Sunday, January 1, 2012


My daughter Rozzie and son Elliot think that New Years Eve suffers from a lack of ritual. There is too much froth and not enough substance to the celebration – so this year they proposed a new tradition.

Everyone would make an effigy of themselves. This effigy could be made from clay, cardboard, cloth or paper, but should represent a version of yourself which you are ready to discard. It should be something you identify with, might even have a fondness for, but which you want to outgrow. We could begin making the effigy early in December and live with it a bit. Then, at some point on New Years Eve, burn it, release it, and start the year with a new improved version of yourself.

Rozzie returned to England a few days ago, and spent the holiday with her boyfriend Atli – but the two of them sent us photographs of their effigies yesterday afternoon. They were great, and spurred us on. We got to work making ours and sent them pictures back. Rozzie laughed so hard at mine, she said, that Atli wondered what was wrong.

This is what it looked like.

Elliot and his friends spent yesterday afternoon making their effigies down in the basement. They burned them early this morning, at a party across town. This one was Elliot's.

Ben and I spent New Years Eve with our neighbors Sara and Jacky. We sat outside around the fire pit, drank champagne and ate a cold supper. The effigies made for heartfelt conversation and also quite a bit of laughter.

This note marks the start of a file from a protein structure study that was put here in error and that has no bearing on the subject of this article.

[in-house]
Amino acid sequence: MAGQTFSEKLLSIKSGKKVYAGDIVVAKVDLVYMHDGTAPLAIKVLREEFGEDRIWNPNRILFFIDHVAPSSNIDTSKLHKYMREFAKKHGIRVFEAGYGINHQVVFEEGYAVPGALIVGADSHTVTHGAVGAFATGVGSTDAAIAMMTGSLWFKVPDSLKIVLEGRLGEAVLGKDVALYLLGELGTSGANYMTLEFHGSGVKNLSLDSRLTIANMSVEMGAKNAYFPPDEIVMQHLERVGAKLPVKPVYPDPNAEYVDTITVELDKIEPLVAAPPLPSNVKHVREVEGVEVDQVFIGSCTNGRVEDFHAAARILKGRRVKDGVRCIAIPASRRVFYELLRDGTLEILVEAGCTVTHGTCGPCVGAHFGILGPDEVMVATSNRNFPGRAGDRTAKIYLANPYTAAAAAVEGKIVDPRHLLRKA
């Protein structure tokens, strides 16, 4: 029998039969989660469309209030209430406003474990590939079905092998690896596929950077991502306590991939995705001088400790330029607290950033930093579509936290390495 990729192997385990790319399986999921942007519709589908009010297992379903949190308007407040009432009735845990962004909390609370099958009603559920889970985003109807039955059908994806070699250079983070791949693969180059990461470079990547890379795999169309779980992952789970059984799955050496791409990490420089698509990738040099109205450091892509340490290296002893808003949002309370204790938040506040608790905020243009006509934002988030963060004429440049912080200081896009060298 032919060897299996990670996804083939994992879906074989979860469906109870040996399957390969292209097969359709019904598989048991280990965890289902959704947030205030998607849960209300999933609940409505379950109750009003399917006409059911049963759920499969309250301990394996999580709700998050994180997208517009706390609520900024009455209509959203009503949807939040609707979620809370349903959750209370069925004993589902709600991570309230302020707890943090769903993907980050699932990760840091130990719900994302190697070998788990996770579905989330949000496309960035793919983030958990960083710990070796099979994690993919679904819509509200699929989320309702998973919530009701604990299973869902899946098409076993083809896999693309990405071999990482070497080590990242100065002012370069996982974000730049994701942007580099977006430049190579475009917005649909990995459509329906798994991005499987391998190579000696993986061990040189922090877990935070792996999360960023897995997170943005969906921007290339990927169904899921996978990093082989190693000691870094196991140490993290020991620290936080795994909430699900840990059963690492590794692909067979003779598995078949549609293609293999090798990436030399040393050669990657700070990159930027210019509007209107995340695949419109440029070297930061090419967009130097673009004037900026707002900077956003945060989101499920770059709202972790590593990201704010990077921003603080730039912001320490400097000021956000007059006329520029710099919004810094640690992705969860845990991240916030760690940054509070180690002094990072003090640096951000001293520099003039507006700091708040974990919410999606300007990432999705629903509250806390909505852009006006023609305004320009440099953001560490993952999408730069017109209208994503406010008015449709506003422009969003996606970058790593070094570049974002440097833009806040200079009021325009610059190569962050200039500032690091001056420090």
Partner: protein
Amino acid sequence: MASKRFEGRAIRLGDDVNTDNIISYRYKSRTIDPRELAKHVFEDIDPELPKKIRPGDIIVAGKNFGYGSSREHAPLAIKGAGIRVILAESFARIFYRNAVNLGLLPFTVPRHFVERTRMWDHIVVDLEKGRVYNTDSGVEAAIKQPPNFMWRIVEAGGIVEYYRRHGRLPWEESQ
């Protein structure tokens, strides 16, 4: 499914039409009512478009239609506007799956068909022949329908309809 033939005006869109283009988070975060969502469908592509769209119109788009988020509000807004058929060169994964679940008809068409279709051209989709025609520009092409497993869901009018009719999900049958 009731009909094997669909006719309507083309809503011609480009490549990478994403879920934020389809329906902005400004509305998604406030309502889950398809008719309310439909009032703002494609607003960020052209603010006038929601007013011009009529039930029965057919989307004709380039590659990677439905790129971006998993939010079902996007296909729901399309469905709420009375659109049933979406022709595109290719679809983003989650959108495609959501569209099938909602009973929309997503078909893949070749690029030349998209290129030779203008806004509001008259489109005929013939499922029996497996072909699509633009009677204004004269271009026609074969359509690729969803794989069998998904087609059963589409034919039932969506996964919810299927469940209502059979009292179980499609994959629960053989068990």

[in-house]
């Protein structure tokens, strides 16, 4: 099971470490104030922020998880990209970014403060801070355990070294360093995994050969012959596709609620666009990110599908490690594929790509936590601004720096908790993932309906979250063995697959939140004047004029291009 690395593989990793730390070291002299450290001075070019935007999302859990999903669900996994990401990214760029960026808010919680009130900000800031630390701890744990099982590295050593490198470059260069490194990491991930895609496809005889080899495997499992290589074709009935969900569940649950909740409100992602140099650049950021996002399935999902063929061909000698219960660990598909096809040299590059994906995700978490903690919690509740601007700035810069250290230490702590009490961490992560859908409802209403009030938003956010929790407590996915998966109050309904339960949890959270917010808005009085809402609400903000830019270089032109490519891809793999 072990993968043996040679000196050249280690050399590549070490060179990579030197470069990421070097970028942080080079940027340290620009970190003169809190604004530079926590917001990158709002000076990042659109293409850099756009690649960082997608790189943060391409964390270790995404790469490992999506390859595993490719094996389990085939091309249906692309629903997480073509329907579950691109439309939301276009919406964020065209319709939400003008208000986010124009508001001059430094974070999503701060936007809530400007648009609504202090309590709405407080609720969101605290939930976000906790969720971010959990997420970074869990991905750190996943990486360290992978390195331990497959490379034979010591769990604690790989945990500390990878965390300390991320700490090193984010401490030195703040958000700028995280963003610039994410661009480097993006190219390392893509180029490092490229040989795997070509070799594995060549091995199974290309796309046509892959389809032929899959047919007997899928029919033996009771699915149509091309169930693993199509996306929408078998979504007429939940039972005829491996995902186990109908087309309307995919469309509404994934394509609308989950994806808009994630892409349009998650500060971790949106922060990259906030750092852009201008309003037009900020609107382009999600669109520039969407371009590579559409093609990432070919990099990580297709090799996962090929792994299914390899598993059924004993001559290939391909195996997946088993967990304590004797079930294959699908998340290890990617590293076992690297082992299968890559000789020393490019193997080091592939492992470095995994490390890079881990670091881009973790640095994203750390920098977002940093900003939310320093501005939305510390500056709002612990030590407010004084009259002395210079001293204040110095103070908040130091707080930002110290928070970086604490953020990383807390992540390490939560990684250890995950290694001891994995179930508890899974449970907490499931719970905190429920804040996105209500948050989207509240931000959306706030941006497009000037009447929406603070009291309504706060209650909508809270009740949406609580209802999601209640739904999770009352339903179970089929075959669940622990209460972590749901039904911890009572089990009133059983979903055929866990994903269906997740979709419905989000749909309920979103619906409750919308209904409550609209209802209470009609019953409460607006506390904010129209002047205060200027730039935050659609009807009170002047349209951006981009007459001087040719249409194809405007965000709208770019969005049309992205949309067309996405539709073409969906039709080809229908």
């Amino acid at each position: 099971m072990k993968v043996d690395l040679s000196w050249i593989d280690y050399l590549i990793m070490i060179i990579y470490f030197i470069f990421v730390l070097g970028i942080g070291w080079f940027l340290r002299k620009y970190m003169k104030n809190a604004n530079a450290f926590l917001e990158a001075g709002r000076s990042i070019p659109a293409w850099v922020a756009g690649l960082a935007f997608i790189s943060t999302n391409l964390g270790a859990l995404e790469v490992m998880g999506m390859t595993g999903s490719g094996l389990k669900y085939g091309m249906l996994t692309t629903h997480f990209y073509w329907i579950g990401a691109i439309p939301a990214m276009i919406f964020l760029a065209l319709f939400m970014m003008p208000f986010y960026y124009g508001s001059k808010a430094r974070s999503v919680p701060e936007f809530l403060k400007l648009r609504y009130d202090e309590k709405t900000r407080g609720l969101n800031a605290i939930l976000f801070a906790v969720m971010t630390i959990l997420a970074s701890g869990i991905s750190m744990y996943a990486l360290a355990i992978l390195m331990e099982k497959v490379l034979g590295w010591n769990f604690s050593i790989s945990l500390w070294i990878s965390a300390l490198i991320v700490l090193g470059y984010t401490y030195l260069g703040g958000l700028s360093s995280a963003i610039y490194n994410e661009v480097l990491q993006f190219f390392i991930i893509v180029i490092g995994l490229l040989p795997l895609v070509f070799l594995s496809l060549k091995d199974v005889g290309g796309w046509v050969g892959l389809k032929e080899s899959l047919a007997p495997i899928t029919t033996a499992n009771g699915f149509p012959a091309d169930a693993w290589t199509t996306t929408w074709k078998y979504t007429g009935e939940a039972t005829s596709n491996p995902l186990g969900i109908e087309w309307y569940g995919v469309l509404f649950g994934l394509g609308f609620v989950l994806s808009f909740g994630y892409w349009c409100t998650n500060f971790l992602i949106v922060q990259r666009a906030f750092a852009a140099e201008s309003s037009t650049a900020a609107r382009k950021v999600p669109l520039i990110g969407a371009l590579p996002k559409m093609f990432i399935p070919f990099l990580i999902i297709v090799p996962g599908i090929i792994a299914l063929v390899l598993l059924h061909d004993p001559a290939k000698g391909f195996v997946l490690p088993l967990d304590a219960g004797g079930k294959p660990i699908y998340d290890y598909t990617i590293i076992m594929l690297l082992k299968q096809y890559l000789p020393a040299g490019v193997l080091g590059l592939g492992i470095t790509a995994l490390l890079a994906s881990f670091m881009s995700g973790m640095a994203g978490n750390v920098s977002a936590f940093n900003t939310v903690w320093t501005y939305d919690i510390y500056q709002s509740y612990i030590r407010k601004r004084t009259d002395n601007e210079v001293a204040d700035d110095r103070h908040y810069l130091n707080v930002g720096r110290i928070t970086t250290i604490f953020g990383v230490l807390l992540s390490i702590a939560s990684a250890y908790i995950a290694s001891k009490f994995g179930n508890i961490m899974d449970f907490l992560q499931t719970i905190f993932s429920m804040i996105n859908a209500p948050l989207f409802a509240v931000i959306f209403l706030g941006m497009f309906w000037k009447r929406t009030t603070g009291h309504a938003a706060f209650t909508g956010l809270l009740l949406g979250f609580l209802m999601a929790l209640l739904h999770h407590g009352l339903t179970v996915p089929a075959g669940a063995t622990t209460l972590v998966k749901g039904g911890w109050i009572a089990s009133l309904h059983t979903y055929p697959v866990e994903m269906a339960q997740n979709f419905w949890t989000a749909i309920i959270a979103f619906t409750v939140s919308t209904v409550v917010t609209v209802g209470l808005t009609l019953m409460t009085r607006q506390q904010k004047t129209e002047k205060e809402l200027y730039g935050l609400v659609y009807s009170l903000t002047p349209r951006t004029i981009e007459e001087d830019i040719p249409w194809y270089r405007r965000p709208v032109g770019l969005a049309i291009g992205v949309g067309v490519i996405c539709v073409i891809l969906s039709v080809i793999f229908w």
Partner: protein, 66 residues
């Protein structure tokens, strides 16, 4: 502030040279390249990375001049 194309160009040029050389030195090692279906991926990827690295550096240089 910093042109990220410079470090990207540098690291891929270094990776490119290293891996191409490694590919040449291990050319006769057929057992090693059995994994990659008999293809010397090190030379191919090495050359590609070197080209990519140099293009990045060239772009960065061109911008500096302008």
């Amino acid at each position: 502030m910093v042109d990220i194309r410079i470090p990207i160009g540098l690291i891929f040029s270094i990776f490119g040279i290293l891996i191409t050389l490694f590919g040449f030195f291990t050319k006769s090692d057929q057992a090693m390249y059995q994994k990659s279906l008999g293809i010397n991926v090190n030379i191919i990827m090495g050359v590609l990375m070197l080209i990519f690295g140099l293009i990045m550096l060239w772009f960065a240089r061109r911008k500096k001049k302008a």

Then, at one point, I checked my iphone and saw that my mother Judy had sent a photograph of her effigy from San Francisco. It was great that she was participating! Then, to my dissapointment, I saw a letter from a publisher in my email inbox.

Dear @#$%, it read.

Thank you for sending us @#$%. We appreciate the chance to read it. Unfortunately, we have decided not to publish your manuscript. Please know that we afford careful consideration to every manuscript that we receive. However, we can only accept a few titles for publication each year.

We wish you luck in finding a publisher for your manuscript.


Wow. Happy New Year to you too, I thought.

And yet how fitting that my effigy was the very writerly version of myself who is undone by rejection – stuck forever ruminating about why no one picks up a particular project or other for publication! This made the burning of my effigy more than theoretical. How was I going to let go of this version of myself? It might be harder than I thought~

About an hour before midnight we stood around the firepit in Jacky and Sara's garden. It was temperate outside, with the stars overhead, and the orange lights of other houses shining across the neighborhood gardens. We all had our effigies in hand. I went first. I said a few words about how I didn’t want to be stuck in the mindset it represented. Then I threw it in the fire. I watched as the paper body shriveled in flames, until that whole picture of myself had been consumed.

Next Sara went. She had drawn a picture of herself in a cube, with her tangle of hair – back hunched over the computer screen – and heat rising from her head. “I have much more to offer,” she said, “And this year I’m going to claim it.”

Ben and Jacky committed their effigies to the flames as well – after short explanations. The whole experience was quite cathartic and we intend to do it again next year.

When we went indoors, I found myself wondering where that picture of myself had gone. I still felt a bit of attachment to it. But this morning, when I woke I felt refreshed. Ben went for his usual run and Sara, Jacky and I went for our customary Sunday walk in the woods. We all agreed the experience with our New Years Effigies had been rewarding and fun. It gave us something tangible to think about and we’ll do it again next year.

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